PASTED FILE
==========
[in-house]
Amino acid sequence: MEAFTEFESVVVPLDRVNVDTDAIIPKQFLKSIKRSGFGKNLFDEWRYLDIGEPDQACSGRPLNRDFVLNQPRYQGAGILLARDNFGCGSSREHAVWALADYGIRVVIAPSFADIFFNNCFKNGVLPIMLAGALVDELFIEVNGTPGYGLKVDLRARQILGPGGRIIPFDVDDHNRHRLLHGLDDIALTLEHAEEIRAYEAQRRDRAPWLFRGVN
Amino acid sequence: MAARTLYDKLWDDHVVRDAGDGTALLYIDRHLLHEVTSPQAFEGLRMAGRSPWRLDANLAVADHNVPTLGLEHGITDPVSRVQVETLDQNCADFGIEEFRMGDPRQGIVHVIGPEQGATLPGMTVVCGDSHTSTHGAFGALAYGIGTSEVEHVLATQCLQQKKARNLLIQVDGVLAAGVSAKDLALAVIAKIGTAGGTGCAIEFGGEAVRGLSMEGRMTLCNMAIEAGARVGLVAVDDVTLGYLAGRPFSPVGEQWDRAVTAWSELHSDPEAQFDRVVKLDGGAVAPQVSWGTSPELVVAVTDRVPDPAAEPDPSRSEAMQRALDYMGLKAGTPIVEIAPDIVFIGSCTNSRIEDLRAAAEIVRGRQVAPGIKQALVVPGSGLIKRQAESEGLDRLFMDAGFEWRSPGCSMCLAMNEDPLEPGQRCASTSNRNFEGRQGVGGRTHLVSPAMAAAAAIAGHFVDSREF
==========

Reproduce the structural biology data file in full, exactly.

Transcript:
[in-house]
Amino acid sequence: MEAFTEFESVVVPLDRVNVDTDAIIPKQFLKSIKRSGFGKNLFDEWRYLDIGEPDQACSGRPLNRDFVLNQPRYQGAGILLARDNFGCGSSREHAVWALADYGIRVVIAPSFADIFFNNCFKNGVLPIMLAGALVDELFIEVNGTPGYGLKVDLRARQILGPGGRIIPFDVDDHNRHRLLHGLDDIALTLEHAEEIRAYEAQRRDRAPWLFRGVN
Amino acid sequence: MAARTLYDKLWDDHVVRDAGDGTALLYIDRHLLHEVTSPQAFEGLRMAGRSPWRLDANLAVADHNVPTLGLEHGITDPVSRVQVETLDQNCADFGIEEFRMGDPRQGIVHVIGPEQGATLPGMTVVCGDSHTSTHGAFGALAYGIGTSEVEHVLATQCLQQKKARNLLIQVDGVLAAGVSAKDLALAVIAKIGTAGGTGCAIEFGGEAVRGLSMEGRMTLCNMAIEAGARVGLVAVDDVTLGYLAGRPFSPVGEQWDRAVTAWSELHSDPEAQFDRVVKLDGGAVAPQVSWGTSPELVVAVTDRVPDPAAEPDPSRSEAMQRALDYMGLKAGTPIVEIAPDIVFIGSCTNSRIEDLRAAAEIVRGRQVAPGIKQALVVPGSGLIKRQAESEGLDRLFMDAGFEWRSPGCSMCLAMNEDPLEPGQRCASTSNRNFEGRQGVGGRTHLVSPAMAAAAAIAGHFVDSREF